Whosoever therefore shall break one. of these least commandments, and shall teach men so, he shall be called the least in the kingdom of heaven.
A great many people are careful about breaking large commandments and committing grave sins, while they continually and without scruple do little wrong things.
They would not tell a direct lie for the world, but their speech is full of little falsehoods. They would not take money from the pocket or drawer of another, and yet they continually commit small thefts. For example, the grocer by mistake gives them a penny too much change, and they do not think of returning it. Through the carelessness of an official the postage stamp on a letter is left uncancelled, and they take it off and use it a second time. They would not try to blacken a neighbour’s name or destroy his character, and yet they repeat to others the evil whispers about him which they have heard, and thus soil his reputation. They would not swear or curse in the coarse way of the street, but they are continually using such words as Gracious! Goodness! Mercy! and other mild, timid substitutes for profane oaths. They would not do flagrant acts of wickedness to disgrace themselves, but their lives are honeycombed with all manner of little meannesses, inpurities, selfishnesses, and bad tempers.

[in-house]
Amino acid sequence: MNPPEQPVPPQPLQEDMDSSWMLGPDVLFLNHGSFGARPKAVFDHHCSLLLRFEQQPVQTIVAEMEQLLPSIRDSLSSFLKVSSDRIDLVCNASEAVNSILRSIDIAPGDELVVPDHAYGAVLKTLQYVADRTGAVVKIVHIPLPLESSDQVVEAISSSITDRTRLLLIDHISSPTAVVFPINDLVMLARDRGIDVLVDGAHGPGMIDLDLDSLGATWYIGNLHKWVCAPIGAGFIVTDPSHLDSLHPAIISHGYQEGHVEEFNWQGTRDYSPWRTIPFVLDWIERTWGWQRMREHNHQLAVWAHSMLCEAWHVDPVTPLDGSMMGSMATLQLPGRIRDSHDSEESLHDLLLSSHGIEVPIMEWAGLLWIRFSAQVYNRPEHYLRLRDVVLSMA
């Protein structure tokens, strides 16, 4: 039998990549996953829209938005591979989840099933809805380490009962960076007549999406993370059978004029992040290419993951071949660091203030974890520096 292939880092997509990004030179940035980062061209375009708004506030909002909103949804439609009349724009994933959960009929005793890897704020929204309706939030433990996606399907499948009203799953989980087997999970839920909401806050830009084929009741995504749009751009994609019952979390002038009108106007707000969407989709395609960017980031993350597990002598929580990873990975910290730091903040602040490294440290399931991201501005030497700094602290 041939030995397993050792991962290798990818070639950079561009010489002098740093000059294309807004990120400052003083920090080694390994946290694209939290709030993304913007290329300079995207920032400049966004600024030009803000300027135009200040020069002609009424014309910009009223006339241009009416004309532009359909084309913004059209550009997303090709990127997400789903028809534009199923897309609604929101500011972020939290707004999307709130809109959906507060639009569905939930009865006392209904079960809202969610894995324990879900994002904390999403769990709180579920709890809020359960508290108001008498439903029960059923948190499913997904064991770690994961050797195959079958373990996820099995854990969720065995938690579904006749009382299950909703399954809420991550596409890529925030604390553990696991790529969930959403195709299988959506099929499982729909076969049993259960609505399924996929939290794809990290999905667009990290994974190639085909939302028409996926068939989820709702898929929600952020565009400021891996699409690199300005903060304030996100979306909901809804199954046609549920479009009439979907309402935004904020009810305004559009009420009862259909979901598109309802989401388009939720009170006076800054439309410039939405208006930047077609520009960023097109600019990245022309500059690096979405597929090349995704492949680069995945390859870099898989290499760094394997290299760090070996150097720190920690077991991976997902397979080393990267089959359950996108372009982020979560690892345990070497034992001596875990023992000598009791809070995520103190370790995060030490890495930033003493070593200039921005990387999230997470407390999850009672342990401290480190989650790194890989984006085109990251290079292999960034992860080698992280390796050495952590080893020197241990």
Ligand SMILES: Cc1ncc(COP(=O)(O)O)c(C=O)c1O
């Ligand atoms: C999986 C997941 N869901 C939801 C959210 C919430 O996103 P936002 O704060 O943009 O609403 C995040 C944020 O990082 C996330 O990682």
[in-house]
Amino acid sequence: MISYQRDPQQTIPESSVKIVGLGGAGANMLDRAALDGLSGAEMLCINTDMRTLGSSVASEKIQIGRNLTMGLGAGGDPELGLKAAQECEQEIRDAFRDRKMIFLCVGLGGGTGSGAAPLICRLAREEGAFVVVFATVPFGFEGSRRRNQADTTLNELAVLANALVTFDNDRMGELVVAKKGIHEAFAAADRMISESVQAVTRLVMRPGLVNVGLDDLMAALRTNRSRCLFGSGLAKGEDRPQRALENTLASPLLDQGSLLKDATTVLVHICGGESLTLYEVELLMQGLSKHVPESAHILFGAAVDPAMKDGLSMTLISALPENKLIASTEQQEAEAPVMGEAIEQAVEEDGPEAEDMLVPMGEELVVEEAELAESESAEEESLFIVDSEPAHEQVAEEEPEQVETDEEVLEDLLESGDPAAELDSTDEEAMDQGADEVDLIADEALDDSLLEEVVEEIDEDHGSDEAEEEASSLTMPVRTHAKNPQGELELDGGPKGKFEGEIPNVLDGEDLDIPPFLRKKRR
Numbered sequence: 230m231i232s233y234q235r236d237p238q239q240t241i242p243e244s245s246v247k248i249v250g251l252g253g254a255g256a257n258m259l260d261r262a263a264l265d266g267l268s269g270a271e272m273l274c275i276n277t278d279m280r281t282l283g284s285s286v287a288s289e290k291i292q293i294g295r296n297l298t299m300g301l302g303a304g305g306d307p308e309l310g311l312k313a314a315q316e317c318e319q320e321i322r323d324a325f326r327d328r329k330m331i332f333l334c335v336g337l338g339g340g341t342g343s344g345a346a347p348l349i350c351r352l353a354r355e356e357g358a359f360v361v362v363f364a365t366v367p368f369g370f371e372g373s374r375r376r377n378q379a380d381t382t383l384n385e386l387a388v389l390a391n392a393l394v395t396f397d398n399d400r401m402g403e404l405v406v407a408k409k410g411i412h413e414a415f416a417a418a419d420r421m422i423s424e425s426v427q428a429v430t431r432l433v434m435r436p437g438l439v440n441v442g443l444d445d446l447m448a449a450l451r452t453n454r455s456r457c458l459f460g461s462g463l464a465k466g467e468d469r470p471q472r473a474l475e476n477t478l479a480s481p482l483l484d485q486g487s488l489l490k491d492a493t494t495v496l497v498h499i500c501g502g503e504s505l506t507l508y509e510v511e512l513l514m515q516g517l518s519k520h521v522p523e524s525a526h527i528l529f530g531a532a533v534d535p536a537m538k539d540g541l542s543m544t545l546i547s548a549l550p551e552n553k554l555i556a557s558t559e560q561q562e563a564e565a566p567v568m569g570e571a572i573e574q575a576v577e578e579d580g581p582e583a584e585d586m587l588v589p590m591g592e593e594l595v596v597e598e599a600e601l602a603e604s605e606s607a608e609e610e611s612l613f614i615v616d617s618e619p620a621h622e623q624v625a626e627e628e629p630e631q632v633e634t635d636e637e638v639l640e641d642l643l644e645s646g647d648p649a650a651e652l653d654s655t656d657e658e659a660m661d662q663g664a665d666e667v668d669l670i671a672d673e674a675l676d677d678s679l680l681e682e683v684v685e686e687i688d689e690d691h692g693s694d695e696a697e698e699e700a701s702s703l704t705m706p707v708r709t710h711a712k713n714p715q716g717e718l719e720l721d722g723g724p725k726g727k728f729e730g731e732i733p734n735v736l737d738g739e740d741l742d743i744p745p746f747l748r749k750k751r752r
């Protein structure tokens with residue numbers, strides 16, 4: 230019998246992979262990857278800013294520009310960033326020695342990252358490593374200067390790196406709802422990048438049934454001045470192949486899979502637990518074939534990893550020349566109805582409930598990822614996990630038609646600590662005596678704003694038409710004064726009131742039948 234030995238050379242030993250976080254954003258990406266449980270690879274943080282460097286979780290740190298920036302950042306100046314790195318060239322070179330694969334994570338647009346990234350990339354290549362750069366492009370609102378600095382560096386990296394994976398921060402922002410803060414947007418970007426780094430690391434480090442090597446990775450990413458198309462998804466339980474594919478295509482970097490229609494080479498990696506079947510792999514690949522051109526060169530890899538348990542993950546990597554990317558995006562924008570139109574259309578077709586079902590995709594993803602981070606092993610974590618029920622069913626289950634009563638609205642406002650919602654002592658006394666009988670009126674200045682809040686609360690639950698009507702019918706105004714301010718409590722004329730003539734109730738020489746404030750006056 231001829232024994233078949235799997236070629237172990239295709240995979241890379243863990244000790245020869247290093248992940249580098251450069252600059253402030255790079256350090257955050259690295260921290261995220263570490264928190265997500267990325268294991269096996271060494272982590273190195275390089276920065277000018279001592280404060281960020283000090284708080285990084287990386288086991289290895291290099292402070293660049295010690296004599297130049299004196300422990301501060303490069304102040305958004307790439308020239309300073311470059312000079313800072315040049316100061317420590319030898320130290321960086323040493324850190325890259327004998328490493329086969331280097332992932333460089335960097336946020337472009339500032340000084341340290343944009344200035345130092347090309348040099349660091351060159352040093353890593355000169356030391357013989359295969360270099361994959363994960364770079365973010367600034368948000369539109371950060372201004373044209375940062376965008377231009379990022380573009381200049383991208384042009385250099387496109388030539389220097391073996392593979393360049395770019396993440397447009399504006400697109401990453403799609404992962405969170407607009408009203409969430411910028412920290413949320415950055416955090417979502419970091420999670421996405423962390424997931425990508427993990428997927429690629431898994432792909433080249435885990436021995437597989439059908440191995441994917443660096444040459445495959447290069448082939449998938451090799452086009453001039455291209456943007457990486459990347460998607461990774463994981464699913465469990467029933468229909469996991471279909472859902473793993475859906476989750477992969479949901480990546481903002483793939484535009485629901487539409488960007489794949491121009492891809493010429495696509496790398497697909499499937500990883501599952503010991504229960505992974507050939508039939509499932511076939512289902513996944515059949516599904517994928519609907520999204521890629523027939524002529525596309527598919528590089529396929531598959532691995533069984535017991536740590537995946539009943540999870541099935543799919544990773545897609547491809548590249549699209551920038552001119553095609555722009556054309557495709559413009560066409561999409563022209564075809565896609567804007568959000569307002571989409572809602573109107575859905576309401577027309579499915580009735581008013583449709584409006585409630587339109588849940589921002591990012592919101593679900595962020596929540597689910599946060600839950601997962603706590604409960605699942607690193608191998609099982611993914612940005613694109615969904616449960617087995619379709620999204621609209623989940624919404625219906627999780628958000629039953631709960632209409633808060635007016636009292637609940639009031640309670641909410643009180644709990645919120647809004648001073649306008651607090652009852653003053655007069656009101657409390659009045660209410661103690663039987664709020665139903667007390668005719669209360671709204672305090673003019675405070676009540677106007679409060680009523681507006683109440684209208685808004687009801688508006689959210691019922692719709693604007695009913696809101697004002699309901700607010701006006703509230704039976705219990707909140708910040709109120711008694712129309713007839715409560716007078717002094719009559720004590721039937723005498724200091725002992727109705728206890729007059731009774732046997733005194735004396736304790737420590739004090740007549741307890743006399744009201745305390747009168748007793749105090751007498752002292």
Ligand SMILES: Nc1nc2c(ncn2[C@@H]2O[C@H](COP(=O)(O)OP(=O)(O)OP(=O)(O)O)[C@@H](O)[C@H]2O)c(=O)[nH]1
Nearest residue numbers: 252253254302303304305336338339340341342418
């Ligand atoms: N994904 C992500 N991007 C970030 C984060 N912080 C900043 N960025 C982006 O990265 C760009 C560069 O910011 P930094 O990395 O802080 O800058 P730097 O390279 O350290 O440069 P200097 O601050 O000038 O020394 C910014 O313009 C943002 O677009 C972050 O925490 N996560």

We need to remember that little disobediences bring one down to an inferior place, harming our witness for the kingdom of heaven. Little sins mar the beauty of the character. Then they are sure to grow. Ofttimes, too, they are infinite in their consequences. The little rift in the lute widens and by-and-by destroys all the music. The trickling leak in the dike becomes a torrent deluging vast plains. We ought never to indulge even the smallest faults or evil habits, but should aim always at perfection. We ought to be satisfied with nothing less than perfection in character, and perfection is made up of trifles.